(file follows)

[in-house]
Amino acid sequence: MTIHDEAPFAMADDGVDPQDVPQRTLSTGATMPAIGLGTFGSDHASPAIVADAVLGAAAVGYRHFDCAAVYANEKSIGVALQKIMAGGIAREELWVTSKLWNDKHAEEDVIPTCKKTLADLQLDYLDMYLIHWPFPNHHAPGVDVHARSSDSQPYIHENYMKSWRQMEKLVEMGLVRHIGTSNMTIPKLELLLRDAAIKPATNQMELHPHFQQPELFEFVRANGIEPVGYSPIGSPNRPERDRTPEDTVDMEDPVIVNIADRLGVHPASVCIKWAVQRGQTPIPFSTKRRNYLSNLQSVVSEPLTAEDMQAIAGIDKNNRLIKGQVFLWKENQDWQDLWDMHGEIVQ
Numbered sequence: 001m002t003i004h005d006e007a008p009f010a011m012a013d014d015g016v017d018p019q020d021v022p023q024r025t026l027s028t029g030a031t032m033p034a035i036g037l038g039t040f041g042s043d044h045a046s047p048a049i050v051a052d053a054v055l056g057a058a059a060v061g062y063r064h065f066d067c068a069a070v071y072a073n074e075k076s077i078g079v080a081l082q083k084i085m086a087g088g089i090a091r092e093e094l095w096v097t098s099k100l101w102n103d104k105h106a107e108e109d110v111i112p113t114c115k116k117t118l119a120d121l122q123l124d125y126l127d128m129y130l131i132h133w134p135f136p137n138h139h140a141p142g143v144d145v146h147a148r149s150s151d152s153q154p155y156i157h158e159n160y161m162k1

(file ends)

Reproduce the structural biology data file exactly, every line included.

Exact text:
[in-house]
Amino acid sequence: MTIHDEAPFAMADDGVDPQDVPQRTLSTGATMPAIGLGTFGSDHASPAIVADAVLGAAAVGYRHFDCAAVYANEKSIGVALQKIMAGGIAREELWVTSKLWNDKHAEEDVIPTCKKTLADLQLDYLDMYLIHWPFPNHHAPGVDVHARSSDSQPYIHENYMKSWRQMEKLVEMGLVRHIGTSNMTIPKLELLLRDAAIKPATNQMELHPHFQQPELFEFVRANGIEPVGYSPIGSPNRPERDRTPEDTVDMEDPVIVNIADRLGVHPASVCIKWAVQRGQTPIPFSTKRRNYLSNLQSVVSEPLTAEDMQAIAGIDKNNRLIKGQVFLWKENQDWQDLWDMHGEIVQ
Numbered sequence: 001m002t003i004h005d006e007a008p009f010a011m012a013d014d015g016v017d018p019q020d021v022p023q024r025t026l027s028t029g030a031t032m033p034a035i036g037l038g039t040f041g042s043d044h045a046s047p048a049i050v051a052d053a054v055l056g057a058a059a060v061g062y063r064h065f066d067c068a069a070v071y072a073n074e075k076s077i078g079v080a081l082q083k084i085m086a087g088g089i090a091r092e093e094l095w096v097t098s099k100l101w102n103d104k105h106a107e108e109d110v111i112p113t114c115k116k117t118l119a120d121l122q123l124d125y126l127d128m129y130l131i132h133w134p135f136p137n138h139h140a141p142g143v144d145v146h147a148r149s150s151d152s153q154p155y156i157h158e159n160y161m162k1